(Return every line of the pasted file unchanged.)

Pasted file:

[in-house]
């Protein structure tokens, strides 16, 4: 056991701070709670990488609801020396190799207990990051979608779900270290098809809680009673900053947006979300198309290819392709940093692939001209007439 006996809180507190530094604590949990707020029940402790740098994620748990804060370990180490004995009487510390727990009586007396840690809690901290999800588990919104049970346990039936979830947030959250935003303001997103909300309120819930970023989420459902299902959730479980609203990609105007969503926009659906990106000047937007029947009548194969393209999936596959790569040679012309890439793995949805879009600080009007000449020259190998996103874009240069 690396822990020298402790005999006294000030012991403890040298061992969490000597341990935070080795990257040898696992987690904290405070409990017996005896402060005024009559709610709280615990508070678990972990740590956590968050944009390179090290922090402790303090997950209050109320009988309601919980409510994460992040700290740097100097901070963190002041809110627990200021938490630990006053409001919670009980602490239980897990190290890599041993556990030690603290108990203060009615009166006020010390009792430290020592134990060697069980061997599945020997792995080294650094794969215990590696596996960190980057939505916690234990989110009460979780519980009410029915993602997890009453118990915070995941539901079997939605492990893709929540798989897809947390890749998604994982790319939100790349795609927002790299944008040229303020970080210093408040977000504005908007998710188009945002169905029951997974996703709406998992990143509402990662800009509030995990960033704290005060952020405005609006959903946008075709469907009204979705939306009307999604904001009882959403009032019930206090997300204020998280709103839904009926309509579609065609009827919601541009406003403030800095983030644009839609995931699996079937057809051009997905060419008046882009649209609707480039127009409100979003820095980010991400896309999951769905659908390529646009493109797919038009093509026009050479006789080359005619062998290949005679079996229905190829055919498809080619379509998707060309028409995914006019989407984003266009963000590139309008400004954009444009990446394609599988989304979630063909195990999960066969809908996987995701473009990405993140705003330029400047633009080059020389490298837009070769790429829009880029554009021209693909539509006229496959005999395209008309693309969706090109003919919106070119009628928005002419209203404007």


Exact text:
[in-house]
């Protein structure tokens, strides 16, 4: 056991701070709670990488609801020396190799207990990051979608779900270290098809809680009673900053947006979300198309290819392709940093692939001209007439 006996809180507190530094604590949990707020029940402790740098994620748990804060370990180490004995009487510390727990009586007396840690809690901290999800588990919104049970346990039936979830947030959250935003303001997103909300309120819930970023989420459902299902959730479980609203990609105007969503926009659906990106000047937007029947009548194969393209999936596959790569040679012309890439793995949805879009600080009007000449020259190998996103874009240069 690396822990020298402790005999006294000030012991403890040298061992969490000597341990935070080795990257040898696992987690904290405070409990017996005896402060005024009559709610709280615990508070678990972990740590956590968050944009390179090290922090402790303090997950209050109320009988309601919980409510994460992040700290740097100097901070963190002041809110627990200021938490630990006053409001919670009980602490239980897990190290890599041993556990030690603290108990203060009615009166006020010390009792430290020592134990060697069980061997599945020997792995080294650094794969215990590696596996960190980057939505916690234990989110009460979780519980009410029915993602997890009453118990915070995941539901079997939605492990893709929540798989897809947390890749998604994982790319939100790349795609927002790299944008040229303020970080210093408040977000504005908007998710188009945002169905029951997974996703709406998992990143509402990662800009509030995990960033704290005060952020405005609006959903946008075709469907009204979705939306009307999604904001009882959403009032019930206090997300204020998280709103839904009926309509579609065609009827919601541009406003403030800095983030644009839609995931699996079937057809051009997905060419008046882009649209609707480039127009409100979003820095980010991400896309999951769905659908390529646009493109797919038009093509026009050479006789080359005619062998290949005679079996229905190829055919498809080619379509998707060309028409995914006019989407984003266009963000590139309008400004954009444009990446394609599988989304979630063909195990999960066969809908996987995701473009990405993140705003330029400047633009080059020389490298837009070769790429829009880029554009021209693909539509006229496959005999395209008309693309969706090109003919919106070119009628928005002419209203404007």